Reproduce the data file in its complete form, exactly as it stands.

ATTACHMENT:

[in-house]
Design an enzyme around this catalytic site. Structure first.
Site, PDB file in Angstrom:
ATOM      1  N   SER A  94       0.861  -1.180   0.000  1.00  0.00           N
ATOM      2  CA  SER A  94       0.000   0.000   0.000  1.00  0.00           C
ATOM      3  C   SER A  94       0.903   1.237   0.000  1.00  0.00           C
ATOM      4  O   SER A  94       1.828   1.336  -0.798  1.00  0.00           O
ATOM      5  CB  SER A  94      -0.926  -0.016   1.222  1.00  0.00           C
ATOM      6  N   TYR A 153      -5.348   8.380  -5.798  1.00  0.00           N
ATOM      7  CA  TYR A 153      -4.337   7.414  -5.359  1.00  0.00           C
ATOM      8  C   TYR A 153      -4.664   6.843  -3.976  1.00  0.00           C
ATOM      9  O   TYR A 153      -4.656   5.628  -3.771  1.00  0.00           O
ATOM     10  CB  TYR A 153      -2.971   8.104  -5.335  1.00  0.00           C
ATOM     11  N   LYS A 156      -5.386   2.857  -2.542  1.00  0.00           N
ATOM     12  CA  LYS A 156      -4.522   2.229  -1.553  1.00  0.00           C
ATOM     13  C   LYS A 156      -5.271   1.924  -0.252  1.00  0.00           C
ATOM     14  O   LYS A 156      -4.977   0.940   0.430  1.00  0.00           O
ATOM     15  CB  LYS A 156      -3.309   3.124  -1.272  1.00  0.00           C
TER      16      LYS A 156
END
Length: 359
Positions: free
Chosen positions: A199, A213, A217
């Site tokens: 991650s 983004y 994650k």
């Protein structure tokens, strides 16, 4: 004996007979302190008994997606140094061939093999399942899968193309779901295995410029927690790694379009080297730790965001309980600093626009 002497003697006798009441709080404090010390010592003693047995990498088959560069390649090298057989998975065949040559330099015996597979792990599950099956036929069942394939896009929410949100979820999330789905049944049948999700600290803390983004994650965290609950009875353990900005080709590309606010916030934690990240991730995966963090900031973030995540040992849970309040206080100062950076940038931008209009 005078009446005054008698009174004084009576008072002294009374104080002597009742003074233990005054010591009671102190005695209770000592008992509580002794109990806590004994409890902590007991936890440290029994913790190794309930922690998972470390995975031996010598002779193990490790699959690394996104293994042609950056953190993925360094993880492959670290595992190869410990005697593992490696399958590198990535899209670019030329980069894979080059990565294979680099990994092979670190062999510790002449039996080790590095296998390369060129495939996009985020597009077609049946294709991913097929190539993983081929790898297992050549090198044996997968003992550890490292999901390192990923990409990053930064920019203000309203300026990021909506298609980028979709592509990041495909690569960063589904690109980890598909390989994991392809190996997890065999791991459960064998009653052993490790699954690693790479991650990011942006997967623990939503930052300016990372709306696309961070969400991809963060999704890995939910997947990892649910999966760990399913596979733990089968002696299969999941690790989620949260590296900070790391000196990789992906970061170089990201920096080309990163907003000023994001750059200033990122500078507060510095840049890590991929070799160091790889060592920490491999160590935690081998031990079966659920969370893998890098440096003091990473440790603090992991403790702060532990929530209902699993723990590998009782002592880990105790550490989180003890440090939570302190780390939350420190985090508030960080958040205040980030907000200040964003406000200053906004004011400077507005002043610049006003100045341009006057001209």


[in-house]
Design an enzyme around this catalytic site. Structure first.
Site, PDB file in Angstrom:
ATOM      1  N   SER A  94       0.861  -1.180   0.000  1.00  0.00           N
ATOM      2  CA  SER A  94       0.000   0.000   0.000  1.00  0.00           C
ATOM      3  C   SER A  94       0.903   1.237   0.000  1.00  0.00           C
ATOM      4  O   SER A  94       1.828   1.336  -0.798  1.00  0.00           O
ATOM      5  CB  SER A  94      -0.926  -0.016   1.222  1.00  0.00           C
ATOM      6  N   TYR A 153      -5.348   8.380  -5.798  1.00  0.00           N
ATOM      7  CA  TYR A 153      -4.337   7.414  -5.359  1.00  0.00           C
ATOM      8  C   TYR A 153      -4.664   6.843  -3.976  1.00  0.00           C
ATOM      9  O   TYR A 153      -4.656   5.628  -3.771  1.00  0.00           O
ATOM     10  CB  TYR A 153      -2.971   8.104  -5.335  1.00  0.00           C
ATOM     11  N   LYS A 156      -5.386   2.857  -2.542  1.00  0.00           N
ATOM     12  CA  LYS A 156      -4.522   2.229  -1.553  1.00  0.00           C
ATOM     13  C   LYS A 156      -5.271   1.924  -0.252  1.00  0.00           C
ATOM     14  O   LYS A 156      -4.977   0.940   0.430  1.00  0.00           O
ATOM     15  CB  LYS A 156      -3.309   3.124  -1.272  1.00  0.00           C
TER      16      LYS A 156
END
Length: 359
Positions: free
Chosen positions: A199, A213, A217
């Site tokens: 991650s 983004y 994650k």
């Protein structure tokens, strides 16, 4: 004996007979302190008994997606140094061939093999399942899968193309779901295995410029927690790694379009080297730790965001309980600093626009 002497003697006798009441709080404090010390010592003693047995990498088959560069390649090298057989998975065949040559330099015996597979792990599950099956036929069942394939896009929410949100979820999330789905049944049948999700600290803390983004994650965290609950009875353990900005080709590309606010916030934690990240991730995966963090900031973030995540040992849970309040206080100062950076940038931008209009 005078009446005054008698009174004084009576008072002294009374104080002597009742003074233990005054010591009671102190005695209770000592008992509580002794109990806590004994409890902590007991936890440290029994913790190794309930922690998972470390995975031996010598002779193990490790699959690394996104293994042609950056953190993925360094993880492959670290595992190869410990005697593992490696399958590198990535899209670019030329980069894979080059990565294979680099990994092979670190062999510790002449039996080790590095296998390369060129495939996009985020597009077609049946294709991913097929190539993983081929790898297992050549090198044996997968003992550890490292999901390192990923990409990053930064920019203000309203300026990021909506298609980028979709592509990041495909690569960063589904690109980890598909390989994991392809190996997890065999791991459960064998009653052993490790699954690693790479991650990011942006997967623990939503930052300016990372709306696309961070969400991809963060999704890995939910997947990892649910999966760990399913596979733990089968002696299969999941690790989620949260590296900070790391000196990789992906970061170089990201920096080309990163907003000023994001750059200033990122500078507060510095840049890590991929070799160091790889060592920490491999160590935690081998031990079966659920969370893998890098440096003091990473440790603090992991403790702060532990929530209902699993723990590998009782002592880990105790550490989180003890440090939570302190780390939350420190985090508030960080958040205040980030907000200040964003406000200053906004004011400077507005002043610049006003100045341009006057001209």